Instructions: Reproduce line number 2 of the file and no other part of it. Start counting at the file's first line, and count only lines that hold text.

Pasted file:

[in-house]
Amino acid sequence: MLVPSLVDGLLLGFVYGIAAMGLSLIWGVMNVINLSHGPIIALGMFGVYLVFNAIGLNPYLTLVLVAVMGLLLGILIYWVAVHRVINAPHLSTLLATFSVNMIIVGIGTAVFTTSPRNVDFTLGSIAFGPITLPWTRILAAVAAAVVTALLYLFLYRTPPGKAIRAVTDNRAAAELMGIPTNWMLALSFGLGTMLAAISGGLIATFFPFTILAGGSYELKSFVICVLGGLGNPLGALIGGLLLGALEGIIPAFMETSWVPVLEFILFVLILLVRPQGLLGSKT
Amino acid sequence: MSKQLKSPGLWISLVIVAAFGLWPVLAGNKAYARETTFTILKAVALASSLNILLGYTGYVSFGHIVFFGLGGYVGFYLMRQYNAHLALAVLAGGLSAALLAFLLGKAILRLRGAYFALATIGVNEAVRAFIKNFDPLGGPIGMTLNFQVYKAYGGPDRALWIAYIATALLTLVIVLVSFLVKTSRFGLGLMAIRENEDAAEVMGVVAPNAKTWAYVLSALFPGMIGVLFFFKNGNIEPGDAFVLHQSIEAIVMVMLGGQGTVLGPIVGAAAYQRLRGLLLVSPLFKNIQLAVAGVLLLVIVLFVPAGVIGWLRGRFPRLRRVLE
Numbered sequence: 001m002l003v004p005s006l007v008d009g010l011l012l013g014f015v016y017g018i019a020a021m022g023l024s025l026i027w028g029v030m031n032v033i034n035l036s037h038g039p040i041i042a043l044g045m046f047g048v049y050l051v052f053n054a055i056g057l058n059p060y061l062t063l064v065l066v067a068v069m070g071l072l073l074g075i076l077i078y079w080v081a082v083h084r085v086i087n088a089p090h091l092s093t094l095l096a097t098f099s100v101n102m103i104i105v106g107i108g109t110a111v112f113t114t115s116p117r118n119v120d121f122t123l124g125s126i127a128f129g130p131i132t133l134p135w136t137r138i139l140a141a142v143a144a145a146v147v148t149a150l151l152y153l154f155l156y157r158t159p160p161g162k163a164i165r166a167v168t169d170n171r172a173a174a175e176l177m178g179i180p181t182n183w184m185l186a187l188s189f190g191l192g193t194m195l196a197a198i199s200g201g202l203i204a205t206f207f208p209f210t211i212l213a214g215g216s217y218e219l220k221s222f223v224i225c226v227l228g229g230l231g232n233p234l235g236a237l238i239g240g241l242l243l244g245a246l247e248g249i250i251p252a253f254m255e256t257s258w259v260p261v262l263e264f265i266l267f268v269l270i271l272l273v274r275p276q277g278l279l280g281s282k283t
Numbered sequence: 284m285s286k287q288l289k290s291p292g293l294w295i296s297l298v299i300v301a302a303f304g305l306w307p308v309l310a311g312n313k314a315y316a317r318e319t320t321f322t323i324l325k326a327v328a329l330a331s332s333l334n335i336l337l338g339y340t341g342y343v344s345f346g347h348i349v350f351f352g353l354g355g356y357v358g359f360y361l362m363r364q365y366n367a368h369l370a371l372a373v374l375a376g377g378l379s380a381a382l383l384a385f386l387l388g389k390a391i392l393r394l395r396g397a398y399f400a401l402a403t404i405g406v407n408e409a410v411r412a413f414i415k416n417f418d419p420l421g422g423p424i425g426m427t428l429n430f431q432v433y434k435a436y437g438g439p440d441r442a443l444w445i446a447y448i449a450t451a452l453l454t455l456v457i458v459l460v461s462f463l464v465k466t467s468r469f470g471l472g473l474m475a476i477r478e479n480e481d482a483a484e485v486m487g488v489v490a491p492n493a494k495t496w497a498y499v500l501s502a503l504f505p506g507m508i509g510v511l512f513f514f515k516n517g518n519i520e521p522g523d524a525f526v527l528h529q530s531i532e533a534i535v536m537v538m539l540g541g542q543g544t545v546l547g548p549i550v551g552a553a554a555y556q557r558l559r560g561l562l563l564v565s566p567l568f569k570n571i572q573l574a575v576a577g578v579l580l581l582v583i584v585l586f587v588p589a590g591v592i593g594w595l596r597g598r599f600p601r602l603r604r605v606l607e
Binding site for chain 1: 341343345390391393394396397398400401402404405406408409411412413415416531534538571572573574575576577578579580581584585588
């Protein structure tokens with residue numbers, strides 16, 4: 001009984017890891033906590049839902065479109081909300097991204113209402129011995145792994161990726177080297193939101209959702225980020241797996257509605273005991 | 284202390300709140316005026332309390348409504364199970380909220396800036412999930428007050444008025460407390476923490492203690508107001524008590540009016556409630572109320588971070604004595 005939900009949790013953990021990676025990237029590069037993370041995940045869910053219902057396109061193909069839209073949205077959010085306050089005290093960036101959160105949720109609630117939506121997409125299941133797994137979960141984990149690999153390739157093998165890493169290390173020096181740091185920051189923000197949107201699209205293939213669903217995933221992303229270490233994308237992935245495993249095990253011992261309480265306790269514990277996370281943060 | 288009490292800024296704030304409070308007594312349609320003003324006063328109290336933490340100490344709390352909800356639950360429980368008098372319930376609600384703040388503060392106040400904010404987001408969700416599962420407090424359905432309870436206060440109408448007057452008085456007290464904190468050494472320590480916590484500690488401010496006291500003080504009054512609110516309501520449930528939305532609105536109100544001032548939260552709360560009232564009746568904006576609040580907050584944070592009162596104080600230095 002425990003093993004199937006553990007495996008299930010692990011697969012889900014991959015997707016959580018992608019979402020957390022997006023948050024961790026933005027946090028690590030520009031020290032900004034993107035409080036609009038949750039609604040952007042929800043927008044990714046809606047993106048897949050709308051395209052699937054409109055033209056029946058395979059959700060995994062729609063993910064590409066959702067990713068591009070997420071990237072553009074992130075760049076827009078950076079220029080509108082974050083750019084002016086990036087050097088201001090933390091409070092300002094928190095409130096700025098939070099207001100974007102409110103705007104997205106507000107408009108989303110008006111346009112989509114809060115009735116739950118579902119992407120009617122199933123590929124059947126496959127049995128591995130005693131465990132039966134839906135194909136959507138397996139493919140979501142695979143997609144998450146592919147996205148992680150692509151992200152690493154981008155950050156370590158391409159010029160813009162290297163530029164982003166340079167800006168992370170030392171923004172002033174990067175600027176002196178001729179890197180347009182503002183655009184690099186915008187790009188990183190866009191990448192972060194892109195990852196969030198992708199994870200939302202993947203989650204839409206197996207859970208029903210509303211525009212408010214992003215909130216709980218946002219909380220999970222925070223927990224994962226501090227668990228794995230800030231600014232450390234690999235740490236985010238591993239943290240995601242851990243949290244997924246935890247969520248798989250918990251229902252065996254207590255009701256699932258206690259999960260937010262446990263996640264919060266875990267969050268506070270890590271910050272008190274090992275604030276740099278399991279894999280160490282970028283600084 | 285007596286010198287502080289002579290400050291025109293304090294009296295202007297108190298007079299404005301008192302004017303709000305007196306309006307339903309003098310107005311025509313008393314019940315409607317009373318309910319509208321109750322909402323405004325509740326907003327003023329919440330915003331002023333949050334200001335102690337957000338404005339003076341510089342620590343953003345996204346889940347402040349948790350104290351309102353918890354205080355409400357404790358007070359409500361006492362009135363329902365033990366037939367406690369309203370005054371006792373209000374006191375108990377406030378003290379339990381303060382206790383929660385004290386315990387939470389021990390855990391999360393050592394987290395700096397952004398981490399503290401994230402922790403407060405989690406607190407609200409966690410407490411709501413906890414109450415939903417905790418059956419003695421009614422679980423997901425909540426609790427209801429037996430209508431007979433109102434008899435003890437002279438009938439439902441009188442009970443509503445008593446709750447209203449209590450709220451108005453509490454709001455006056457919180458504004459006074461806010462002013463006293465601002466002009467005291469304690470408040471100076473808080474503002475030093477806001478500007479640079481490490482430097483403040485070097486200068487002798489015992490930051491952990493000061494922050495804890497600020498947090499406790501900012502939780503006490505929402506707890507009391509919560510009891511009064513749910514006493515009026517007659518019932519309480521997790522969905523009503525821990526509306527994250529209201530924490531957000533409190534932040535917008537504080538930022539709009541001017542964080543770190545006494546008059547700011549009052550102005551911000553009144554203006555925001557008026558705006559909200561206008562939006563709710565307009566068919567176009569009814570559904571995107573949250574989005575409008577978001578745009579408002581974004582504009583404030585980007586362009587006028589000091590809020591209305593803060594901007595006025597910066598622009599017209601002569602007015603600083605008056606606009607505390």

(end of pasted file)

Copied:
Amino acid sequence: MLVPSLVDGLLLGFVYGIAAMGLSLIWGVMNVINLSHGPIIALGMFGVYLVFNAIGLNPYLTLVLVAVMGLLLGILIYWVAVHRVINAPHLSTLLATFSVNMIIVGIGTAVFTTSPRNVDFTLGSIAFGPITLPWTRILAAVAAAVVTALLYLFLYRTPPGKAIRAVTDNRAAAELMGIPTNWMLALSFGLGTMLAAISGGLIATFFPFTILAGGSYELKSFVICVLGGLGNPLGALIGGLLLGALEGIIPAFMETSWVPVLEFILFVLILLVRPQGLLGSKT